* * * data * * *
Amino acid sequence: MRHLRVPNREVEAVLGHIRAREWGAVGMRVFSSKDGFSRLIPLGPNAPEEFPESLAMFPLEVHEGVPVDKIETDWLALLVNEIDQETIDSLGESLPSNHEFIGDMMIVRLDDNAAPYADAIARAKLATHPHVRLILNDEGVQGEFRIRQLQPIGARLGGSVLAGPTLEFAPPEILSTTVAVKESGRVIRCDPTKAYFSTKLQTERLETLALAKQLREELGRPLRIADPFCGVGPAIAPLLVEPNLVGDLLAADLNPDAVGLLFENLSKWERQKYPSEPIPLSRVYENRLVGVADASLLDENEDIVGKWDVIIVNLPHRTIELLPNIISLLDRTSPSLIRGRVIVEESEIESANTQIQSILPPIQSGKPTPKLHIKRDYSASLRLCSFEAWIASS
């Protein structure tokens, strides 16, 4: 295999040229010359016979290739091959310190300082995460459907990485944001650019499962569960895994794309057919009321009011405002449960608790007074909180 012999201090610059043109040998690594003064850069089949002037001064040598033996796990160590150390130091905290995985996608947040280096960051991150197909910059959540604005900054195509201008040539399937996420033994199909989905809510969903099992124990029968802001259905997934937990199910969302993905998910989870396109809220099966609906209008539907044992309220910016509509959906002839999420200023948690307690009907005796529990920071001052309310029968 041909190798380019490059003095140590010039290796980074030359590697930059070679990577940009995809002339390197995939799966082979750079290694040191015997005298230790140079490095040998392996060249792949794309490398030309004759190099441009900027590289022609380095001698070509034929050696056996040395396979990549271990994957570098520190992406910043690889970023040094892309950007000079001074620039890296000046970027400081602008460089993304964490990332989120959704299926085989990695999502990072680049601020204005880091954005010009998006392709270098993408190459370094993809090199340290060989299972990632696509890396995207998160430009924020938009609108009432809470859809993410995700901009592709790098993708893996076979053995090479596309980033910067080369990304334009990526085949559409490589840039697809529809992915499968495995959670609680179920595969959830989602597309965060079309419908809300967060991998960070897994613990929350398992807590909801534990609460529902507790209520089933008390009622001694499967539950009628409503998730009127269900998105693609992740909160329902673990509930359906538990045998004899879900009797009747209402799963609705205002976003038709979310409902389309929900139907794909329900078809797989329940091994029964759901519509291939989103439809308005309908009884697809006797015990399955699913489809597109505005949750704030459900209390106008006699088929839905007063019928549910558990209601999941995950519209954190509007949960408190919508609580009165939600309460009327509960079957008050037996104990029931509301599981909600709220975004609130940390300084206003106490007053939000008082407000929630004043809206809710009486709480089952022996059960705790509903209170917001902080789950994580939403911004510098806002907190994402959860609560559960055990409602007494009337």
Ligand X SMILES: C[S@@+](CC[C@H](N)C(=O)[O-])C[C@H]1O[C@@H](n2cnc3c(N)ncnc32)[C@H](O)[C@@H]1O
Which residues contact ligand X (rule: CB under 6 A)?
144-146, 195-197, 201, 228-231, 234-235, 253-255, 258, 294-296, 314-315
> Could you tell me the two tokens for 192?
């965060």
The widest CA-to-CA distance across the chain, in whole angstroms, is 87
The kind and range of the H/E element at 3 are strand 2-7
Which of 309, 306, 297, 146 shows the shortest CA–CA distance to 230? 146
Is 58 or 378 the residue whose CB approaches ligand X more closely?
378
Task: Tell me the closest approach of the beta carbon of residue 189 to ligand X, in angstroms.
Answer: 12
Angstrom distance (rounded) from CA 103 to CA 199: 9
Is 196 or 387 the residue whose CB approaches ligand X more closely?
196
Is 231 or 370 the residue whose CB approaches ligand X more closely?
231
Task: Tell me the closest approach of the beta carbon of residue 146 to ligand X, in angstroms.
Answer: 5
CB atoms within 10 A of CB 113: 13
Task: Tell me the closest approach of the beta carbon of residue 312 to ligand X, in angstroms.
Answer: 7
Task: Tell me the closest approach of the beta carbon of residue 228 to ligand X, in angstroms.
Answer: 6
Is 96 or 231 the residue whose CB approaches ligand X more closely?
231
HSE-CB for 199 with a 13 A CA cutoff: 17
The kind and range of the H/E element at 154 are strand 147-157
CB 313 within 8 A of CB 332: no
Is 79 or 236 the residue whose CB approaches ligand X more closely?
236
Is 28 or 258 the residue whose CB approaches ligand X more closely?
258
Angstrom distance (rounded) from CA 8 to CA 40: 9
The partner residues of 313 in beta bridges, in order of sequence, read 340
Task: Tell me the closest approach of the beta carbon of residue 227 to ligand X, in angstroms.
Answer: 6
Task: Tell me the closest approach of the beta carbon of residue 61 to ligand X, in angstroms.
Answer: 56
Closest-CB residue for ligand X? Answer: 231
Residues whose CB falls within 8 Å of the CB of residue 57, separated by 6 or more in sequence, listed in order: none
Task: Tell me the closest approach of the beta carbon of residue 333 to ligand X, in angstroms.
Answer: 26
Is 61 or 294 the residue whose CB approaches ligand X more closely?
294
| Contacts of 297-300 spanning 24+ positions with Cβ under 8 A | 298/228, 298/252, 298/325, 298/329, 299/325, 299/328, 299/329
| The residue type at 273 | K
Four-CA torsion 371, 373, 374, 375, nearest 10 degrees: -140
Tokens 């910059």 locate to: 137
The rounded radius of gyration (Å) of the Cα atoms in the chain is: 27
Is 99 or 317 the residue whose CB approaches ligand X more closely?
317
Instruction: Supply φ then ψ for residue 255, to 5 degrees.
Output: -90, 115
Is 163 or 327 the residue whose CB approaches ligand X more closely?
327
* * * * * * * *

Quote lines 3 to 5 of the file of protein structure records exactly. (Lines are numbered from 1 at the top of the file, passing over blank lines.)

Ligand X SMILES: C[S@@+](CC[C@H](N)C(=O)[O-])C[C@H]1O[C@@H](n2cnc3c(N)ncnc32)[C@H](O)[C@@H]1O
Which residues contact ligand X (rule: CB under 6 A)?
144-146, 195-197, 201, 228-231, 234-235, 253-255, 258, 294-296, 314-315